Enigma Machine

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Germany’s Enigma is an electro-mechanical cipher machine that uses a series of rotating wheels and ever-changing electrical pathways to turn plain text into a scrambled message.  Most notably used by the Nazi military during WWII, German authorities considered the code system unbreakable and used Enigma to transmit some of their most secret messages.
Their confidence in the machine was well-founded.  Enigma could generate billions of letter combinations, each different from the last.  As a letter was typed into the keyboard, one or more of the rotors moved, changing the electrical pathway through the machine.  Additional complexity could be achieved through varying the order of the rotors, the initial settings of each rotor, and through 26 pairs of output-switching sockets located on the front face of the machine.  Without a codebook to reveal the proper plug and rotor settings, there were more than 107,000,000,000,000,000,000 possibilities.  And even if a code was broken by some stroke of luck, the settings for Enigma were changed every day.
The machine did not send or receive communications; it simply scrambled messages into blocks of seemingly undecipherable text.  When a key was depressed by the operator, a single letter would illuminate on the machine’s lampboard.  This letter was recorded by a clerk for later transmission as part of an entire encoded message—a long series of letters and spaces.  Interestingly, the letter used as input was never the letter that would appear in the lampboard, which led to one of many ways to eliminate some of the multitude of letter possibilities and help crack Enigma’s code.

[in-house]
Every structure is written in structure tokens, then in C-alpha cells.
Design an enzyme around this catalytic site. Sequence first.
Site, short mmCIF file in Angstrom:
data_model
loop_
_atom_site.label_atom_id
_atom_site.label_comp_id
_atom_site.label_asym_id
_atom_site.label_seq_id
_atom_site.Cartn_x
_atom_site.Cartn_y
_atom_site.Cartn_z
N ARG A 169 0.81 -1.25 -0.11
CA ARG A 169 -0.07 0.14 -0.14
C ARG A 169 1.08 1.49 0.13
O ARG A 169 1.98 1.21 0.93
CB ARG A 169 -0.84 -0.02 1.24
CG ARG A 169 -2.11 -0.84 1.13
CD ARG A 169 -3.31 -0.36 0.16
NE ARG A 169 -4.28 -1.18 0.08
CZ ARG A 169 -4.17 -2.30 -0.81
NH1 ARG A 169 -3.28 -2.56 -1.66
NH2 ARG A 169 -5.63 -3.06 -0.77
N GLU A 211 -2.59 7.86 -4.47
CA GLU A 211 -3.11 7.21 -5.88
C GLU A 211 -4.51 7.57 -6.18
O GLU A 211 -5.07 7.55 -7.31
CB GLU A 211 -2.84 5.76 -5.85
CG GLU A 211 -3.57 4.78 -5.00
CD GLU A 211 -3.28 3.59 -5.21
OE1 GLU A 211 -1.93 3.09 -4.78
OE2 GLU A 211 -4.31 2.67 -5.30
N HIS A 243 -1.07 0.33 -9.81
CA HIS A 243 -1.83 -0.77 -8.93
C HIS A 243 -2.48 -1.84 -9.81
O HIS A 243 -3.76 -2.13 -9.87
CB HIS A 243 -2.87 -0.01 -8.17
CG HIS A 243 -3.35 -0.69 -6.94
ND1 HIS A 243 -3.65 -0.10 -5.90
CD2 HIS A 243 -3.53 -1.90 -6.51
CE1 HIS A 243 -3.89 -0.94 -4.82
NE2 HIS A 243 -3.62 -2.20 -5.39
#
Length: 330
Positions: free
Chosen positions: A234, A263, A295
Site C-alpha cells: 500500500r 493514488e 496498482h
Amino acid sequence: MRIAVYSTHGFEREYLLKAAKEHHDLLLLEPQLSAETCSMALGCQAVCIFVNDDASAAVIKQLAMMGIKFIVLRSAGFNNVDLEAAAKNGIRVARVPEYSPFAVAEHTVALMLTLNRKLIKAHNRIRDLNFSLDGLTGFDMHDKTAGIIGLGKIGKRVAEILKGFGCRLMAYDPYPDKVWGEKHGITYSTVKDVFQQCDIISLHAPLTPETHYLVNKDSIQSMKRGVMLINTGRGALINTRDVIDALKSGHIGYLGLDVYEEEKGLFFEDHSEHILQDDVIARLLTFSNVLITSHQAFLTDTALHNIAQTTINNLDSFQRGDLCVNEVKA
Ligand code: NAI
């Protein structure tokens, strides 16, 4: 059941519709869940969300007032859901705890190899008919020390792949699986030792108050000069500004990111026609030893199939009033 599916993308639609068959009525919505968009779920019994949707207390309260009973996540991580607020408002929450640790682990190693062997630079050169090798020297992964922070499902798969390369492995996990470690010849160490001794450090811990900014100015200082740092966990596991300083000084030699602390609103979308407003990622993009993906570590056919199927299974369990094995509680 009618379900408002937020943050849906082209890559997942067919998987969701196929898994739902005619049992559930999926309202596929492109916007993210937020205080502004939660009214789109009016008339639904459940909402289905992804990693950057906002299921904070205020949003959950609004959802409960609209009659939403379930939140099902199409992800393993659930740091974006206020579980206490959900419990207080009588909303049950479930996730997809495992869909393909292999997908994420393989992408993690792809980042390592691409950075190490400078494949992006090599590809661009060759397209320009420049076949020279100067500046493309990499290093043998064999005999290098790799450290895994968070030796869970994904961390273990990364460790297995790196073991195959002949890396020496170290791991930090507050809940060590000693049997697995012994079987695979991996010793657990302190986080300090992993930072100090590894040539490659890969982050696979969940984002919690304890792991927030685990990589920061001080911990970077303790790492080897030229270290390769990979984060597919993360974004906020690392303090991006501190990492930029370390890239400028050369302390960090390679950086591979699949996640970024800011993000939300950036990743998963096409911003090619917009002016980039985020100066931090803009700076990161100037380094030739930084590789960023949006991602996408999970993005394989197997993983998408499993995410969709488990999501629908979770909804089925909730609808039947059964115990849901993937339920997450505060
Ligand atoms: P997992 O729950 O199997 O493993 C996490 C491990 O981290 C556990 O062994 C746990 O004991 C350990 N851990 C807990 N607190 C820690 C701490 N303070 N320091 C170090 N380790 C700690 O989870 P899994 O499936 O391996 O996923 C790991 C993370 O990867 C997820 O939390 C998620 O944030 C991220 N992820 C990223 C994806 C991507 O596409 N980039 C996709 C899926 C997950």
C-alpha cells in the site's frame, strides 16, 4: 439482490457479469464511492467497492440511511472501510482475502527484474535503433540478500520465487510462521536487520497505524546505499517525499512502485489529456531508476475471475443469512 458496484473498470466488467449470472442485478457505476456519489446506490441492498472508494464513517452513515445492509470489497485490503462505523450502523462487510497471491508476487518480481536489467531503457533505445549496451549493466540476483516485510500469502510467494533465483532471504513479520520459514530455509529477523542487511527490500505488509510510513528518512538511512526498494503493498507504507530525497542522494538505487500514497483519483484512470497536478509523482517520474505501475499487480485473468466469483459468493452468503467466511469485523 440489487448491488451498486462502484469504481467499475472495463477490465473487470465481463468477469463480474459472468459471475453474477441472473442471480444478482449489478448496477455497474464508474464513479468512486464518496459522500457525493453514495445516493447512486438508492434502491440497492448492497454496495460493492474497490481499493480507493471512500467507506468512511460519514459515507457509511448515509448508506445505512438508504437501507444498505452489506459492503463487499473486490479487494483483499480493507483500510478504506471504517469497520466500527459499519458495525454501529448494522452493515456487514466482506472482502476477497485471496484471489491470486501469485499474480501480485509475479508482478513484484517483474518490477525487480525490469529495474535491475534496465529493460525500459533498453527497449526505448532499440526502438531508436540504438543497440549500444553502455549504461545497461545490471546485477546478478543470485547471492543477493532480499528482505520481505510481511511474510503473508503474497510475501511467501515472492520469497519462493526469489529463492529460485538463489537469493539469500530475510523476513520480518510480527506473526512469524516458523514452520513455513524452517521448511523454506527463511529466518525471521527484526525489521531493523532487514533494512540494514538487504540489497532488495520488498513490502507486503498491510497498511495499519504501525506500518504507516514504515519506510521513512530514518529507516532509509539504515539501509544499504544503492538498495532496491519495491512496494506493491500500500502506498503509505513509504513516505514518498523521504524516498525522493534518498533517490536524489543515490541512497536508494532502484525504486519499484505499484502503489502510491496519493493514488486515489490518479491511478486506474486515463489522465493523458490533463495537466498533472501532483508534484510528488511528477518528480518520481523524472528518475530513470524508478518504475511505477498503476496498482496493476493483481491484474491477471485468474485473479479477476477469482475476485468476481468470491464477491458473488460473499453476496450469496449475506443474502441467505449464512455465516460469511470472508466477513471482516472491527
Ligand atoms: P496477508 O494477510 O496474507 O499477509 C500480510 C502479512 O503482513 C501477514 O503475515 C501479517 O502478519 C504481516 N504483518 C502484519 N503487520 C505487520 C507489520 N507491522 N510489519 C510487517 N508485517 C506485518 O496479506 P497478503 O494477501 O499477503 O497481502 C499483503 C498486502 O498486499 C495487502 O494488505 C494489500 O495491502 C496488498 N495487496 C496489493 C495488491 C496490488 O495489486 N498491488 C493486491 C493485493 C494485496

History of the Artifact
Polish cryptologists had worked to figure out the basics of Enigma code-breaking before WWII.  As the outbreak of war seemed imminent, the Poles passed along their data on the system to France and Great Britain.  At Bletchley Park, British mathematicians worked to create a primitive computer to look for weaknesses in the German code. 
A young man named Alan Turing designed a machine called a Bombe, judged by many to be the foundation of modern computing.  What might take a mathematician years to complete by hand, took the Bombe just 15 hours.  (Modern computers would be able to crack the code in several minutes).
Many of the weaknesses in the Enigma system came not from the apparatus itself, but from the people involved in using the code-generating machine.  Messages often began in predictable ways or contained weather reports that used similar words with regularity.  The fact that a letter entered in to the Enigma machine would never emerge from the maze of electrical contacts unchanged was also a valuable hint to cracking the code.
These clues, the cryptologists at Bletchley Park called them “cribs,” might change the possible outcomes of a scrambled message from billions to millions, allowing the Bombe to more quickly zero in on the correct solution.

Did you know?
By the end of the war, nearly every German Enigma message was being intercepted and decrypted within a day or two.  The impact of cracking Enigma is debated, but many believe that breaking the code advanced the end of World War II by years and saved countless lives.